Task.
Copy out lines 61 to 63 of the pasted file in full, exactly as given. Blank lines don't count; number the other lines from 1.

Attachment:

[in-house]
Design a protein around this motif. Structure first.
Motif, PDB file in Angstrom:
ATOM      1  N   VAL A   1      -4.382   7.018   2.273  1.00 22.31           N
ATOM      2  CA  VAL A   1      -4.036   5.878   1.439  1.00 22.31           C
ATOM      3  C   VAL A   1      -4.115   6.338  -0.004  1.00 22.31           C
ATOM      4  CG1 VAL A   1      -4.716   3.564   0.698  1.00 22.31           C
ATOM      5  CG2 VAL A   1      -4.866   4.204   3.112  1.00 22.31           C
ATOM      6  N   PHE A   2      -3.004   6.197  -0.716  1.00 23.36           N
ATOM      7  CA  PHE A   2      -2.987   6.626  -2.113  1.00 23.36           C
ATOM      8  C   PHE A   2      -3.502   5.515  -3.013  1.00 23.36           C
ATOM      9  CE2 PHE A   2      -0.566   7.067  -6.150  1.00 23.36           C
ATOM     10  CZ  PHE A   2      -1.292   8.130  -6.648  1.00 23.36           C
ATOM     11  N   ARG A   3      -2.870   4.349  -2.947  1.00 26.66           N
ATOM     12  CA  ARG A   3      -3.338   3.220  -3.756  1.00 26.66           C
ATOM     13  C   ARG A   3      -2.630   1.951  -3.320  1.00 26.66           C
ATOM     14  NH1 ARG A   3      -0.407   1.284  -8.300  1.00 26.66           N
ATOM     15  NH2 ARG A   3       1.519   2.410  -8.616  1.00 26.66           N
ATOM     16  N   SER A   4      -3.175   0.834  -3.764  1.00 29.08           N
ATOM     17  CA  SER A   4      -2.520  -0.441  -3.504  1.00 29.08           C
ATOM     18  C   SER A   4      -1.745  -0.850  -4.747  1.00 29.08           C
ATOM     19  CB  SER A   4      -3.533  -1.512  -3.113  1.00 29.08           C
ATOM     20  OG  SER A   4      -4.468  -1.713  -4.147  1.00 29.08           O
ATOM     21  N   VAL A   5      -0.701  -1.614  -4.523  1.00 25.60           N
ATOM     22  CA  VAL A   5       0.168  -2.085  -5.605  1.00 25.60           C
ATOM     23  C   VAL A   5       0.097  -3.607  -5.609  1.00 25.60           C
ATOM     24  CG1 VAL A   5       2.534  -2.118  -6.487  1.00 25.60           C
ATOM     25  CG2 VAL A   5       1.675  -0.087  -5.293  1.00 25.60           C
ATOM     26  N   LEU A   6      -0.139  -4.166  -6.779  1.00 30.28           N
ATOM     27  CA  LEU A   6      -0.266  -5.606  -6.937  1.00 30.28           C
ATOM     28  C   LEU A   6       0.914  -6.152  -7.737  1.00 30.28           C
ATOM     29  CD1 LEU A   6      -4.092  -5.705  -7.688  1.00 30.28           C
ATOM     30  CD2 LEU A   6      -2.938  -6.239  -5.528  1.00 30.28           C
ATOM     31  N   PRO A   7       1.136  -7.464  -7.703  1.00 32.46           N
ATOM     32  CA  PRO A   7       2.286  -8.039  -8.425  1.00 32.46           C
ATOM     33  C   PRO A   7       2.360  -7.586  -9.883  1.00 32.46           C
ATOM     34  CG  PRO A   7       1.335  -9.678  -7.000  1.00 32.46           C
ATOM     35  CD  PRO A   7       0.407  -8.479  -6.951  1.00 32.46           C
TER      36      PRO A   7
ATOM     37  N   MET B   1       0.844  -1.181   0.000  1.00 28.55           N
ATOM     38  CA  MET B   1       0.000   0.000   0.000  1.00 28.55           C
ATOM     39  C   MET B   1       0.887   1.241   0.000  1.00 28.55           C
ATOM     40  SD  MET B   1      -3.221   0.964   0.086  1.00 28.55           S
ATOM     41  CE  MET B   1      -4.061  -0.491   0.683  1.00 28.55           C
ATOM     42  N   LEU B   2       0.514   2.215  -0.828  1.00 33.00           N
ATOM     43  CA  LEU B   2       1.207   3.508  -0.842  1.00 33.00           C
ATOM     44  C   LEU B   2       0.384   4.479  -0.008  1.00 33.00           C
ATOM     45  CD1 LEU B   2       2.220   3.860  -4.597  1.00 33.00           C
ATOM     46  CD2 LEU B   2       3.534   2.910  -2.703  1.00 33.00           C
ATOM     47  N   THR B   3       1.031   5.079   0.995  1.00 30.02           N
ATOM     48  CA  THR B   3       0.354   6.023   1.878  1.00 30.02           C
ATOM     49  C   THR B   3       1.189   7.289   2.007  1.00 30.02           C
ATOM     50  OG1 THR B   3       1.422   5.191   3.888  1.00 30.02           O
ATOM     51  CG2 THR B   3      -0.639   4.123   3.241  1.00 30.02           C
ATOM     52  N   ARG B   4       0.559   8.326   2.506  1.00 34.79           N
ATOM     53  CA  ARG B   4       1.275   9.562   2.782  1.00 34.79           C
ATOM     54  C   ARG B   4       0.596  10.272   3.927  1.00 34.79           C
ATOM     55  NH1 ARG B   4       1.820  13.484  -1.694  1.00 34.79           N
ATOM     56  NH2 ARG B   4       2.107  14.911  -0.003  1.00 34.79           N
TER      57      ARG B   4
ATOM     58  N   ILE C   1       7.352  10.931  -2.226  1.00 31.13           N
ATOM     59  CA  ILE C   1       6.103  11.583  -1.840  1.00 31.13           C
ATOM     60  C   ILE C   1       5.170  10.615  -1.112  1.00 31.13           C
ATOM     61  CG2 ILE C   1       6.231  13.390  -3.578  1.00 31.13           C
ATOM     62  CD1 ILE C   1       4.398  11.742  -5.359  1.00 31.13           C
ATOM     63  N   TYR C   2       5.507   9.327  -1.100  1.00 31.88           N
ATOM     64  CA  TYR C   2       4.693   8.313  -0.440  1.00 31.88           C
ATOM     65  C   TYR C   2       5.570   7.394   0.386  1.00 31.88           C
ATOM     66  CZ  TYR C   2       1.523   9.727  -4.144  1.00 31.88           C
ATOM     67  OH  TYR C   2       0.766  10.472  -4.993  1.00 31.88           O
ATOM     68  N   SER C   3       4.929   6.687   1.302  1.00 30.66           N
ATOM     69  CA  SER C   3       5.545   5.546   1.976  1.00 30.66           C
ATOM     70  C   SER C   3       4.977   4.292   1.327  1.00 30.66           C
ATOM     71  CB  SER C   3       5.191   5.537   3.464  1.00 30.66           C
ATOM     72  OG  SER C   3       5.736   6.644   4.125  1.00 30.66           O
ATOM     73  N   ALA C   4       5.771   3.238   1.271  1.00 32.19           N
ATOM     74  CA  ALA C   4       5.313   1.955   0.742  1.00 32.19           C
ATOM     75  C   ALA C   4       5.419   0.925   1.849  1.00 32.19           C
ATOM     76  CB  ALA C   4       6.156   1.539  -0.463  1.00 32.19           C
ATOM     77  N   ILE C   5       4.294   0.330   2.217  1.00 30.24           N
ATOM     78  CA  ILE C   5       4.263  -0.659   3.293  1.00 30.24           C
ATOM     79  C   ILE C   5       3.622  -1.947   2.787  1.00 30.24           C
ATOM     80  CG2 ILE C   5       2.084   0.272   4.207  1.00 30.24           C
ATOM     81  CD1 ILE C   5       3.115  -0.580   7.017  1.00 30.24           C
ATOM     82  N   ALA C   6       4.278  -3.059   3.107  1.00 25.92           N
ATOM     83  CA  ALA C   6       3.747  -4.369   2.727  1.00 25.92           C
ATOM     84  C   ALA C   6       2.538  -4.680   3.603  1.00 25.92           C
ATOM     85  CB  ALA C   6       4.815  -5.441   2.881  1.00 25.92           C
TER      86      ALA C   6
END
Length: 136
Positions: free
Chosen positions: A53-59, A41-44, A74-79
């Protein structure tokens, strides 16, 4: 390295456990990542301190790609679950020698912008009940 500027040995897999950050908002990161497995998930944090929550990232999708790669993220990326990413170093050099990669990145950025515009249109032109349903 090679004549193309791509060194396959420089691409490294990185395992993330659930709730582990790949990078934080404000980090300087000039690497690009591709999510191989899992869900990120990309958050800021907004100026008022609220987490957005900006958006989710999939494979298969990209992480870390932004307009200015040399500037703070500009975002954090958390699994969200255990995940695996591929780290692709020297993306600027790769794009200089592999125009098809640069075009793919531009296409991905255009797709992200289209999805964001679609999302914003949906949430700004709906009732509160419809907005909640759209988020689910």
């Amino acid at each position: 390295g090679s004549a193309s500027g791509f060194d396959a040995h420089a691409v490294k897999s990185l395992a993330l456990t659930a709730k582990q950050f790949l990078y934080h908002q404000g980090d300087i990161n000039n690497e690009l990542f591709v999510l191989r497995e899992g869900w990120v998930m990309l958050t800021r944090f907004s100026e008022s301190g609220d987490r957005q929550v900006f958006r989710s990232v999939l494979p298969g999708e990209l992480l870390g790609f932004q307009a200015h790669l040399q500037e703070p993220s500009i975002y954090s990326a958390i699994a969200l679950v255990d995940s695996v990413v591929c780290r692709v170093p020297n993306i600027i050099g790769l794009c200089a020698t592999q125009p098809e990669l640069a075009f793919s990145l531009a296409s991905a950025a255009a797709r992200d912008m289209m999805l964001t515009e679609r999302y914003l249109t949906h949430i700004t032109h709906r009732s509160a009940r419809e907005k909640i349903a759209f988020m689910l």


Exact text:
ATOM     58  N   ILE C   1       7.352  10.931  -2.226  1.00 31.13           N
ATOM     59  CA  ILE C   1       6.103  11.583  -1.840  1.00 31.13           C
ATOM     60  C   ILE C   1       5.170  10.615  -1.112  1.00 31.13           C